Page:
study abroad

Morocco: First Observations and Thoughts

After 2 1/2 days of traveling, I arrived in Morocco on Tuesday morning. I haven’t experienced culture shock (I’ve only been here two days), but I have been able to spot some things that differ from what I’m used to. Such as…

French is very common
I thought I would be hearing more Arabic but I guess not. I was really surprised when I arrived in Casablanca and everything seemed to be conducted in French. One person I met was so prepared to speak Arabic that they were completely blown away when they realized everything was in French or a combination of Arabic and French.

Spanish is my first language so all the French has actually been a bit helpful in finding my way around. Yay for Romance languages! It also helps that I spent a day in Montreal before arriving here. It gave me time to adapt.

Moroccans love their country
When around foreigners, most Americans think its cool to speak negatively about their home country.

Not Moroccans.

Since arriving I’ve had several people wish people me a happy trip. And several others have recommended places to visit and food to eat. There may be some things happening in Morocco that they dislike, but it doesn’t seem like they would ever insult or talk down on the country as a whole.

Also, an elderly Moroccan man was wondering why I was staying a semester and not a year. He was concerned that I wouldn’t have enough time to truly appreciate Morocco. After all the cool things that I’ve been told I’m a bit worried myself now!

Chirping? Squeaking? I don’t know…

Ever since I got on the plane to Morocco, I noticed that a lot of small Moroccan children (about 7 months to 18 months) make these high pitch chirps when they’re excited. And they like to run around as they make these noises. I know a lot of children make noises when they’re excited but this is a very distinct chirp-like sound. Like a baby bird. It’s really cute and a nice difference when compared to American children who are expected not to make a ruckus in public.

I’ll admit it though…the chirping wasn’t so cute at the airport or inside the airplane during the 7 hour flight. The Moroccan mothers seemed oblivious to the irritated non-Moroccans annoyed by the chirping.

Moroccans won’t hesitate to cut in front of you when in line. But they will never hesitate to help if it looks like you’re having a hard time.

Some fellow Americans and I traveled together from Casablanca to Fes. Which is about a 5 hour train ride with one transfer. We STRUGGLED.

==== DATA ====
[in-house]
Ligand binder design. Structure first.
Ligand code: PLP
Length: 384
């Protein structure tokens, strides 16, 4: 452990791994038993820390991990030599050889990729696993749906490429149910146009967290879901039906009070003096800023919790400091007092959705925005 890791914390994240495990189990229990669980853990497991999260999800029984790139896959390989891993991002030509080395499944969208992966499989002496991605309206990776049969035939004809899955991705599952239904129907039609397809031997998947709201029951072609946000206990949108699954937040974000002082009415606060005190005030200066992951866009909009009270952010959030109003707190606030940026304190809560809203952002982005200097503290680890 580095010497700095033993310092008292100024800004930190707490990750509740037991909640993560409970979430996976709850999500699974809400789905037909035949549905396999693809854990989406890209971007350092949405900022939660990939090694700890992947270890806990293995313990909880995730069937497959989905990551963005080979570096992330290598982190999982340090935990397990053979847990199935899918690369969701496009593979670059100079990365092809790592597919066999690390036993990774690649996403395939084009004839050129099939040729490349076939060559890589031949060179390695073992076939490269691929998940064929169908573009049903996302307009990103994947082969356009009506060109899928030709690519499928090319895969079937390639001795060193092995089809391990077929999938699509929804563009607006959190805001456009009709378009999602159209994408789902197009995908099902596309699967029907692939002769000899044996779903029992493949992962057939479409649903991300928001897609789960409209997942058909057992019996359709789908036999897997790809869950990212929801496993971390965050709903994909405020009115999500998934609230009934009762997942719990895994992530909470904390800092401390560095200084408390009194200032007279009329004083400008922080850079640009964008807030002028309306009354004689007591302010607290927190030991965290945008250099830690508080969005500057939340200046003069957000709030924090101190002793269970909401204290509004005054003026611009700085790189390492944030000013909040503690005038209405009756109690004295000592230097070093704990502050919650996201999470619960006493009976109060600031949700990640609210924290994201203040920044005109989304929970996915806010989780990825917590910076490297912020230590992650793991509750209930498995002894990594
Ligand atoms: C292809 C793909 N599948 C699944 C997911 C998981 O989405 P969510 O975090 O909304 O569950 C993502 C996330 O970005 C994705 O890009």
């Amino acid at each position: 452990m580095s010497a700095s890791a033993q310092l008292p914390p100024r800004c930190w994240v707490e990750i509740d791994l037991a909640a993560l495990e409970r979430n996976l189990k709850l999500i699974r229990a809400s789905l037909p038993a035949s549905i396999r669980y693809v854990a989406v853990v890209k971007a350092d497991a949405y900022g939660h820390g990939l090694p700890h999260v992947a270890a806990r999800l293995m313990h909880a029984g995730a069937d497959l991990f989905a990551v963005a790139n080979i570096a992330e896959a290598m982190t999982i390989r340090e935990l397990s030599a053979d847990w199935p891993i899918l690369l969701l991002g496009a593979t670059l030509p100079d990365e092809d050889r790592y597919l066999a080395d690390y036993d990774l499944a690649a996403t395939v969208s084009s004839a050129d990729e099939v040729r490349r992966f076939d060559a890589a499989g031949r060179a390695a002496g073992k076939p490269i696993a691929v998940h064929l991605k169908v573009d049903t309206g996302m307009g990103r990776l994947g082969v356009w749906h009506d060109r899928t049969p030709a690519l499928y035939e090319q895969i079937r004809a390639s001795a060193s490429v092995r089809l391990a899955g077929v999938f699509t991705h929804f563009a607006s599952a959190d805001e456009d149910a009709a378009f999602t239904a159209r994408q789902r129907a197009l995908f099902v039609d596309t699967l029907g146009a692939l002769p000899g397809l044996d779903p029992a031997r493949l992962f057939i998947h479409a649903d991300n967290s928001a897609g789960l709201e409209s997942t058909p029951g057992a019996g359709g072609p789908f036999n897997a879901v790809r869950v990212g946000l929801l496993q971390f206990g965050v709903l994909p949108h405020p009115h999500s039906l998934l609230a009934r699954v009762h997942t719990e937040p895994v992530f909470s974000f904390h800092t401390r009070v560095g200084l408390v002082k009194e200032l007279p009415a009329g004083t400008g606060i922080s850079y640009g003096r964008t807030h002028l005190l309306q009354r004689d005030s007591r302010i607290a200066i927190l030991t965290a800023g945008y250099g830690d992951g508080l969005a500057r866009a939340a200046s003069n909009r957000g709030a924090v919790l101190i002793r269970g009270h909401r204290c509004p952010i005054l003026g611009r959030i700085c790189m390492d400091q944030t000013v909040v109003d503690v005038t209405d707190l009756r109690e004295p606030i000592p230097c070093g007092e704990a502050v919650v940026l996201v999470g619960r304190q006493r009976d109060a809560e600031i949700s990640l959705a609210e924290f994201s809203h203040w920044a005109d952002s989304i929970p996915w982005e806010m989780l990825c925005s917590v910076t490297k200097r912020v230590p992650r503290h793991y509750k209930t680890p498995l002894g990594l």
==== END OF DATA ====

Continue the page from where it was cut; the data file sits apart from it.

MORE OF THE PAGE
But people were very understanding and even asked if we needed help. Some people didn’t even ask. They just grabbed a handle. Lifted it. And walked off. One of the train station workers even gave us a head start so we wouldn’t get left behind during the whole madness of being people trying to get in at once.

It just felt strange being treated so kindly in such large cities. And I could tell it wasn’t because we were slowing down the line. Yes, I can spot the difference.

Moroccans seem to tolerate rude foreigners in public more than Mexicans 
Unlike in the U.S., most Moroccans are multilingual. Usually, Arabic, French, and English speaking. At least from what I’ve encountered. Either way, they understand more than what American tourists believe.

On the train ride to Fes there was an American group that was very loud. I could hear them complaining about the quality of the first class compartments, how expensive some things are in Morocco when compared to Wal-Mart, and they bragged about the economic strength of the dollar.

You do NOT want to have those type of conversations in Mexico. If you did, someone would eventually say to you , “Vete a la fregada” or  “If it’s so bad then go home, Gringo.”

To make things worse, my Australian companion looked around our compartment and mouthed “Americans” with disgust. It wasn’t aimed at me but…it was an ouch moment.

I just find it astonishing that Moroccans just let it slide. Or maybe I’m taking it too personally because my relatives in Mexico are vendors and grocers? I don’t know. I think it should be expected that some things are a bit more expensive in Morocco than in the U.S. If you don’t want to pay the high price don’t buy it.

Thus far things have been a learning experiencing. I can’t wait to learn more! I’m also hoping to update this post with pictures later. The first day was beyond hard to take pictures. A big suitcase and trains to catch. But more to come!



2 thoughts on “Morocco: First Observations and Thoughts

  1. Have a great time! I’m so glad that you were able to come up with a good Plan B after the Izmir, Turkey plans fell through. Although I do wish you could have experienced that lovely country as I had the good fortune to do. But Morocco..that seems utterly exotic and romantic. And it’s also going to be a great thing to experience a Muslim culture. Please keep us up to date on your adventures and, of course, your studies too! –Timi 🙂

    Liked by 1 person

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